Packers Run Low at ILB, Running Back

The knee injury sustained by inside linebacker D.J. Smith could be extremely costly for a defense that already was without standout Desmond Bishop.

In 2010, the Green Bay Packers were 3-3 before embarking on their Super Bowl-winning season.

In 2012, the Green Bay Packers are 3-3 after throttling the Houston Texans 42-24 on Sunday.

Whether this season ends in a championship remains to be seen, but to do so, the Packers will have to overcome injuries, just like they did two years ago.

Already without star inside linebacker Desmond Bishop after a season-ending hamstring injury sustained in the preseason opener at San Diego, the Packers lost his replacement, D.J. Smith.

Coach Mike McCarthy didn't have any information on Smith's knee injury, other than calling it and the knee injury sustained by backup running back Brandon Saine "potentially serious."

It was a painful night for the Packers, who were without receiver Greg Jennings (groin), nose tackle B.J. Raji (ankle) and tight end D.J. Williams (hamstring) for this game, and Cedric Benson (foot) for most or all of the season.

On Houston's third offensive possession, first-round pick Nick Perry sustained a knee injury and didn't return. Saine was injured covering a kickoff midway through the third quarter. Finally, starting cornerback Sam Shields was kicked in the shin in the fourth quarter, one series after recording his first interception of the season.

Smith was injured late in the second quarter on a blind-side hit by left tackle Duane Brown that was not penalized. Smith thought it was a "dirty" hit.

"I definitely think there's a double standard in this league when it comes to fineable offenses that comes for defensive players," teammate Clay Matthews said. "A great example is Nick Perry got fined $15,000 for a hit on Andrew Luck, which looked rather legal to me but I don't make the rules, and that hit on Cushing (by the Jets' Matt Slauson) was $10,000. Proof is in the pudding. Ultimately as a defender, you like to see the league take care of not only the offense but the defense when so much onus is put on certain individuals rather than the entire body of the game. I got a great response from defenders around the league. The NFL has to listen to us. Someone had to say something. That was just the straw that broke the camel's back and hopefully something does change. I'm not complaining or to look for sympathy, but we all like to be protected by the same rules."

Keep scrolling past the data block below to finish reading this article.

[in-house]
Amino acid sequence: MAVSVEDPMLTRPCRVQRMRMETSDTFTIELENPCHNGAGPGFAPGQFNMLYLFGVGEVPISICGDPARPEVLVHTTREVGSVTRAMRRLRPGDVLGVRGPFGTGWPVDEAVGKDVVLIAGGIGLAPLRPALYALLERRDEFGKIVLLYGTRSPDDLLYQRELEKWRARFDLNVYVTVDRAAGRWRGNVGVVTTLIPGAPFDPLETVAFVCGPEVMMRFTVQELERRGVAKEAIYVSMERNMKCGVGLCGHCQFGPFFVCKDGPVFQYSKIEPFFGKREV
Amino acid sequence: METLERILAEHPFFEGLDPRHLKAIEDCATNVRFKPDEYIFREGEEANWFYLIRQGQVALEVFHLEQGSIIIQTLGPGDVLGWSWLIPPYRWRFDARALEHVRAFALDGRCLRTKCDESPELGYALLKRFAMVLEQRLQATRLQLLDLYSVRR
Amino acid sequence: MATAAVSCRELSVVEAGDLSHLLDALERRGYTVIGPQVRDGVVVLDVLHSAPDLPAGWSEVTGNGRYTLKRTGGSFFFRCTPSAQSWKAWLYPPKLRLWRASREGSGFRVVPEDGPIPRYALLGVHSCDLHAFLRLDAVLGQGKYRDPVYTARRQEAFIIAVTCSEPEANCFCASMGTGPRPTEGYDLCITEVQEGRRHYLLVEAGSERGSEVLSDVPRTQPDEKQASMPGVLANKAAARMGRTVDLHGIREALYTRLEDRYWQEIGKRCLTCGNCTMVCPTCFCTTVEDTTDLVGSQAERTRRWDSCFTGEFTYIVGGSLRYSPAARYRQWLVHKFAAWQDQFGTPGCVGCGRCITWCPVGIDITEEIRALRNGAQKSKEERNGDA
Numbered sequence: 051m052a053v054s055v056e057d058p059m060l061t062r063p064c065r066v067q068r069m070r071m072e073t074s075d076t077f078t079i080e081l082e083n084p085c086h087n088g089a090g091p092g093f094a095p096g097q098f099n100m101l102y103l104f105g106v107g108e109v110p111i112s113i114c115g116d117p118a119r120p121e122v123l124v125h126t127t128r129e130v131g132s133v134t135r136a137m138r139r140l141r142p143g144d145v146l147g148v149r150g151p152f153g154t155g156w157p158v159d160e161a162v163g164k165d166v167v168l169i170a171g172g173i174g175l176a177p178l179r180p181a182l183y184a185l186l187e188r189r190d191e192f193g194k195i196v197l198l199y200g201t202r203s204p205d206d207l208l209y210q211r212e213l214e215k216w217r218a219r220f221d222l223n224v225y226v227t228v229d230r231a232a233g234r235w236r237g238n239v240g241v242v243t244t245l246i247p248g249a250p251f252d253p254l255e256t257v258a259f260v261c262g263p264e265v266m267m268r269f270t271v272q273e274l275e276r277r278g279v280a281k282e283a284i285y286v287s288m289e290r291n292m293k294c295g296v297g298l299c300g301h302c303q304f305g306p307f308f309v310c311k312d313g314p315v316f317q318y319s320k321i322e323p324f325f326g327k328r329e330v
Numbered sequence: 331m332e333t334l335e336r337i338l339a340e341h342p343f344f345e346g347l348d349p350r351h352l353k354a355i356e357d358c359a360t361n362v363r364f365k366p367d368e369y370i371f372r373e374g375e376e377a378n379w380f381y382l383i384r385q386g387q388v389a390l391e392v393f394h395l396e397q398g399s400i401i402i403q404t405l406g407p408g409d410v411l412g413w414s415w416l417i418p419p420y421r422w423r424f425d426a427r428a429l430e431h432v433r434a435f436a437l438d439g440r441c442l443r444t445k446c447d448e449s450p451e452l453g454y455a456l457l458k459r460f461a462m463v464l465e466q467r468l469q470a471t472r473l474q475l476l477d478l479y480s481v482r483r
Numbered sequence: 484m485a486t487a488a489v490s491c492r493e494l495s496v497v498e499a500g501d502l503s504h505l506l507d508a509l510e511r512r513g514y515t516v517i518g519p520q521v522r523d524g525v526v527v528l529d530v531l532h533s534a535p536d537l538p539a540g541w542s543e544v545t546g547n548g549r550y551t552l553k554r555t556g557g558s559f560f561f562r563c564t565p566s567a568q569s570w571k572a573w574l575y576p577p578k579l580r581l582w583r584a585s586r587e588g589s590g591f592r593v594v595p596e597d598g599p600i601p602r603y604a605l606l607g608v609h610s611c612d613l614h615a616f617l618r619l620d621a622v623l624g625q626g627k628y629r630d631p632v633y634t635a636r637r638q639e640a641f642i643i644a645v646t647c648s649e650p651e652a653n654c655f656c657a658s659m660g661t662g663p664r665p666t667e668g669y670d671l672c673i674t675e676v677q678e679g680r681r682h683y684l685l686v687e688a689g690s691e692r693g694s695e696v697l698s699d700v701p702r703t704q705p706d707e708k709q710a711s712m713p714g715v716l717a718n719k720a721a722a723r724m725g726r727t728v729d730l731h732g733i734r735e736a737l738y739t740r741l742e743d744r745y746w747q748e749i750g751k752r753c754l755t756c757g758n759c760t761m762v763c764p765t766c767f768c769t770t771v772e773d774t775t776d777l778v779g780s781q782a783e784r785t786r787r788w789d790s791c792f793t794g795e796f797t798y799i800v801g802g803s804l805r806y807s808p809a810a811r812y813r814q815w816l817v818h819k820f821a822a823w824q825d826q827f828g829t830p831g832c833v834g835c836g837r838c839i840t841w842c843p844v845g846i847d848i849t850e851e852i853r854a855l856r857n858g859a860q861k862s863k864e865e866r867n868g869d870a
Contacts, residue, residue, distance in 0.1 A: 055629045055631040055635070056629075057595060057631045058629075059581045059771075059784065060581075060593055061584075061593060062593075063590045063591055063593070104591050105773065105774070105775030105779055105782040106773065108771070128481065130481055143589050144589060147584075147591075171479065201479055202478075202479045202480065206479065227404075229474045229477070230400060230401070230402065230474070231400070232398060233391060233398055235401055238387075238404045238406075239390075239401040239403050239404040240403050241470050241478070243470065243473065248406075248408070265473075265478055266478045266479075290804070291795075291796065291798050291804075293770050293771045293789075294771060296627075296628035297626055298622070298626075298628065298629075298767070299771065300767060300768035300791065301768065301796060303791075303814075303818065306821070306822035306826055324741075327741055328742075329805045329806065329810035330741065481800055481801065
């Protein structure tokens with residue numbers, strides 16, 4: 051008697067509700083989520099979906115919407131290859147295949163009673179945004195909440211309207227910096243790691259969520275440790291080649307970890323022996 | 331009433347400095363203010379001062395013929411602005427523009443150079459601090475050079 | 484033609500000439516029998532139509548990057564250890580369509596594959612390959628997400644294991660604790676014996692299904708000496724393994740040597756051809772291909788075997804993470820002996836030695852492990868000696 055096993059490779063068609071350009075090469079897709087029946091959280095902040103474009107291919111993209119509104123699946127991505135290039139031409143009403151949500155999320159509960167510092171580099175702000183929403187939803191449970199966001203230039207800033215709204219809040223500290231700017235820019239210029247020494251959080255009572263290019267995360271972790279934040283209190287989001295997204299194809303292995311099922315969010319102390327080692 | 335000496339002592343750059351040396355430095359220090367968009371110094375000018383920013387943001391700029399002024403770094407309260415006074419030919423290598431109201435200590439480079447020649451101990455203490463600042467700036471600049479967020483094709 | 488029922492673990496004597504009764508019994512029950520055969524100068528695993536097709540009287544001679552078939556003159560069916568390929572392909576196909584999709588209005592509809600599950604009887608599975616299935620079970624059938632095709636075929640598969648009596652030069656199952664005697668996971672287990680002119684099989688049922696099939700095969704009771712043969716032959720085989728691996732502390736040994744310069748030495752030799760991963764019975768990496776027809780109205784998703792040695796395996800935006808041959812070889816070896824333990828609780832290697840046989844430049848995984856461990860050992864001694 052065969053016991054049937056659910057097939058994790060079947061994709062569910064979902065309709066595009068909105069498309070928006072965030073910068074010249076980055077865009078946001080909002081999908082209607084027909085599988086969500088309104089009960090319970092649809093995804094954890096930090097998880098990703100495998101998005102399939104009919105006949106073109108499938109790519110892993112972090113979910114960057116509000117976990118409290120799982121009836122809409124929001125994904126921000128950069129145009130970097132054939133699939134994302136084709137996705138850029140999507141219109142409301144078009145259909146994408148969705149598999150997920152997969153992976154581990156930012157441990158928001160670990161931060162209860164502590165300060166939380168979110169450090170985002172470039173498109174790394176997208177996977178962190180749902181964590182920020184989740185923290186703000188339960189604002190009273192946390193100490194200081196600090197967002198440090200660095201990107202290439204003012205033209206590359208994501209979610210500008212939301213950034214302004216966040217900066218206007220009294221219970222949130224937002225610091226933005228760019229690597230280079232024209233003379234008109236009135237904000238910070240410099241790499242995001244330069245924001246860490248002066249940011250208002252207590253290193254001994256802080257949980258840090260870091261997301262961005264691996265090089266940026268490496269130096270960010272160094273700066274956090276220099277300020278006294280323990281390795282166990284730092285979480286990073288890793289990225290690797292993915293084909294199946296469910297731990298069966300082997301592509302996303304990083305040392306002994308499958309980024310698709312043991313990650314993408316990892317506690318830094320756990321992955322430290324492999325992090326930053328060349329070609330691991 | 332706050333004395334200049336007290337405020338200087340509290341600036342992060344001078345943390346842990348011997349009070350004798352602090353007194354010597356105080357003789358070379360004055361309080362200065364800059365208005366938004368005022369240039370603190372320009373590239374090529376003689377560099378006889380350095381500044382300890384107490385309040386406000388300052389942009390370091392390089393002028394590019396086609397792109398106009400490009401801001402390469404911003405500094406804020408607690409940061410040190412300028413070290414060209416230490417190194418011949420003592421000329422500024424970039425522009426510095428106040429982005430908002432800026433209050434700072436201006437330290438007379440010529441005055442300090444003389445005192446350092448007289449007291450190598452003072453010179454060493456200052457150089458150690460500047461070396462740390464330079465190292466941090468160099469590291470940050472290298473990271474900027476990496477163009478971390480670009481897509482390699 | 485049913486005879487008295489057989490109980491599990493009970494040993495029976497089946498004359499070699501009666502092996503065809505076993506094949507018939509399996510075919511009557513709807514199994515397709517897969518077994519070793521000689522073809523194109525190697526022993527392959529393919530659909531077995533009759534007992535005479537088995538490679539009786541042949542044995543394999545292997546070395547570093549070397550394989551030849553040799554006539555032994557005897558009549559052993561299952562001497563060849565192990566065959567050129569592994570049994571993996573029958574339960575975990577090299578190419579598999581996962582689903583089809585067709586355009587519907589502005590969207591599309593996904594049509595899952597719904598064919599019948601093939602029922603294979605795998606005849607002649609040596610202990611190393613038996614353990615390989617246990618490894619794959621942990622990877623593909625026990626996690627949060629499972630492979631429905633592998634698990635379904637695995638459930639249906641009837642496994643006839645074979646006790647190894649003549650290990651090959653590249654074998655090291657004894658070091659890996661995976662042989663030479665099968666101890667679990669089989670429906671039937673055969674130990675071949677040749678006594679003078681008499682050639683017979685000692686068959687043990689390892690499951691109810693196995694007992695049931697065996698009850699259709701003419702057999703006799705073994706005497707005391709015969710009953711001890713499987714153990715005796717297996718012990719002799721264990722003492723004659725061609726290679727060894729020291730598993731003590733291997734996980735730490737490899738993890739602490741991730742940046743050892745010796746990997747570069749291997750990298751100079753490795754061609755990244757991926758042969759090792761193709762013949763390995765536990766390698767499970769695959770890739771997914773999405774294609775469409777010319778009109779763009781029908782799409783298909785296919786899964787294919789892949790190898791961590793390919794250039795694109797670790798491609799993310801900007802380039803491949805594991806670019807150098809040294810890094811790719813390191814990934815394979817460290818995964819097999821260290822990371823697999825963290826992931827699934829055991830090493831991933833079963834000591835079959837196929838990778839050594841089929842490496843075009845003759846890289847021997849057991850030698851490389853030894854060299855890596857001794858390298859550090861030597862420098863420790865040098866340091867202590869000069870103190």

The injury to Smith potentially is a big deal. The Packers felt good about their inside linebacker depth entering training camp, with Bishop and Hawk as the starters, the hungry Smith as the top backup and Robert Francois adding some proven depth. Now, the depth has been sorely tested. Without Smith, converted outside linebacker Brad Jones joined Hawk in the lineup. Given a week to prepare, it will be interesting to see if defensive coordinator Dom Capers and position coach Winston Moss give Francois a crash course at that spot; he has worked as the top backup to Hawk.

Either way, the Packers are in a bind in their pass-focused nickel and dime packages. Dime has become Capers' go-to package in passing situations, with Smith the lone inside linebacker in that 2-3-6 grouping. One reason why Capers turned to the dime is to get Hawk off the field in passing situations.

Without Saine and Benson, the Packers have precious little depth in the backfield. The two healthy halfbacks are Alex Green and James Starks, with John Kuhn at fullback.

The injuries to Perry and Shields don't appear to be major, at least judging by McCarthy's early comments. At outside linebacker, Perry had been splitting time with Erik Walden. At cornerback, Jarrett Bush replaced Shields. If Shields is out, the door would be open for Davon House's return — he hasn't played since sustaining a shoulder injury at San Diego — or a bigger role for Casey Hayward, who had two interceptions against the Texans.

"It hurts, but who's going to feel sorry for us?" cornerback Charles Woodson said. "We've still got games to play, and nobody's going to care who we've got in the lineup. They're going to be trying to beat the Green Bay Packers. So, there's going to be some guys again, like there was (in 2010), who have to come in and play a significant amount of snaps, and that's just the way it is. And we expect them to come in and play well."

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Bill Huber is publisher of Packer Report magazine and and has written for Packer Report since 1997. E-mail him at, or leave him a question in Packer Report's subscribers-only Packers Pro Club forum. Find Bill on Twitter at

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